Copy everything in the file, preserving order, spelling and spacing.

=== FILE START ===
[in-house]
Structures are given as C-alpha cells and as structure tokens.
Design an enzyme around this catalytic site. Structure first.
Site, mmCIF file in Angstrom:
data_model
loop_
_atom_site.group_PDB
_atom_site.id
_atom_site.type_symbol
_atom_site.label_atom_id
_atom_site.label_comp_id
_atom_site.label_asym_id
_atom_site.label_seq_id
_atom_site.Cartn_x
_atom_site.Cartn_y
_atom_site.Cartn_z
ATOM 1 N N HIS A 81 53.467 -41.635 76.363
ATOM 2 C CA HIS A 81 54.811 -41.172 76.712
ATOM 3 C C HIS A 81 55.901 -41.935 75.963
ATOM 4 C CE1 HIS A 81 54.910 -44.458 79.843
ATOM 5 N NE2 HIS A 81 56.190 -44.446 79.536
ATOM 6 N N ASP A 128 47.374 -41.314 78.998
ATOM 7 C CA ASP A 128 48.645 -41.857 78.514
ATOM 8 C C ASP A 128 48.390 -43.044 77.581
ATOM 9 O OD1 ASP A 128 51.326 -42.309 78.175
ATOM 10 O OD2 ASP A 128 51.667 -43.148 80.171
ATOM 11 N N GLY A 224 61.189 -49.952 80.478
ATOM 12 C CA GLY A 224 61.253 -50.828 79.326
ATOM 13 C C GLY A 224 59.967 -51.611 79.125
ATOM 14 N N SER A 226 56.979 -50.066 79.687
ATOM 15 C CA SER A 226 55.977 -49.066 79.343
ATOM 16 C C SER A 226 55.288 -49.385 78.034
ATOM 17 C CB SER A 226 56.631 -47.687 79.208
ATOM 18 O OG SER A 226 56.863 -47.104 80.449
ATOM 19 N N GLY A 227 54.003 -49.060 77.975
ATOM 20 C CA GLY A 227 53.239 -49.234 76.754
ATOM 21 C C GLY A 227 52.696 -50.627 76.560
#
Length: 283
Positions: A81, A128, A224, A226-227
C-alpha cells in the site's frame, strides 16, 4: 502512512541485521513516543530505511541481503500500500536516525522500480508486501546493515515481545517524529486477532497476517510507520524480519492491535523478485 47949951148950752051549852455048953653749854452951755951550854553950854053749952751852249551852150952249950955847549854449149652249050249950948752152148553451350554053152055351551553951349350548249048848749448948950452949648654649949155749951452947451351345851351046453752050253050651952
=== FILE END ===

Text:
[in-house]
Structures are given as C-alpha cells and as structure tokens.
Design an enzyme around this catalytic site. Structure first.
Site, mmCIF file in Angstrom:
data_model
loop_
_atom_site.group_PDB
_atom_site.id
_atom_site.type_symbol
_atom_site.label_atom_id
_atom_site.label_comp_id
_atom_site.label_asym_id
_atom_site.label_seq_id
_atom_site.Cartn_x
_atom_site.Cartn_y
_atom_site.Cartn_z
ATOM 1 N N HIS A 81 53.467 -41.635 76.363
ATOM 2 C CA HIS A 81 54.811 -41.172 76.712
ATOM 3 C C HIS A 81 55.901 -41.935 75.963
ATOM 4 C CE1 HIS A 81 54.910 -44.458 79.843
ATOM 5 N NE2 HIS A 81 56.190 -44.446 79.536
ATOM 6 N N ASP A 128 47.374 -41.314 78.998
ATOM 7 C CA ASP A 128 48.645 -41.857 78.514
ATOM 8 C C ASP A 128 48.390 -43.044 77.581
ATOM 9 O OD1 ASP A 128 51.326 -42.309 78.175
ATOM 10 O OD2 ASP A 128 51.667 -43.148 80.171
ATOM 11 N N GLY A 224 61.189 -49.952 80.478
ATOM 12 C CA GLY A 224 61.253 -50.828 79.326
ATOM 13 C C GLY A 224 59.967 -51.611 79.125
ATOM 14 N N SER A 226 56.979 -50.066 79.687
ATOM 15 C CA SER A 226 55.977 -49.066 79.343
ATOM 16 C C SER A 226 55.288 -49.385 78.034
ATOM 17 C CB SER A 226 56.631 -47.687 79.208
ATOM 18 O OG SER A 226 56.863 -47.104 80.449
ATOM 19 N N GLY A 227 54.003 -49.060 77.975
ATOM 20 C CA GLY A 227 53.239 -49.234 76.754
ATOM 21 C C GLY A 227 52.696 -50.627 76.560
#
Length: 283
Positions: A81, A128, A224, A226-227
C-alpha cells in the site's frame, strides 16, 4: 502512512541485521513516543530505511541481503500500500536516525522500480508486501546493515515481545517524529486477532497476517510507520524480519492491535523478485 47949951148950752051549852455048953653749854452951755951550854553950854053749952751852249551852150952249950955847549854449149652249050249950948752152148553451350554053152055351551553951349350548249048848749448948950452949648654649949155749951452947451351345851351046453752050253050651952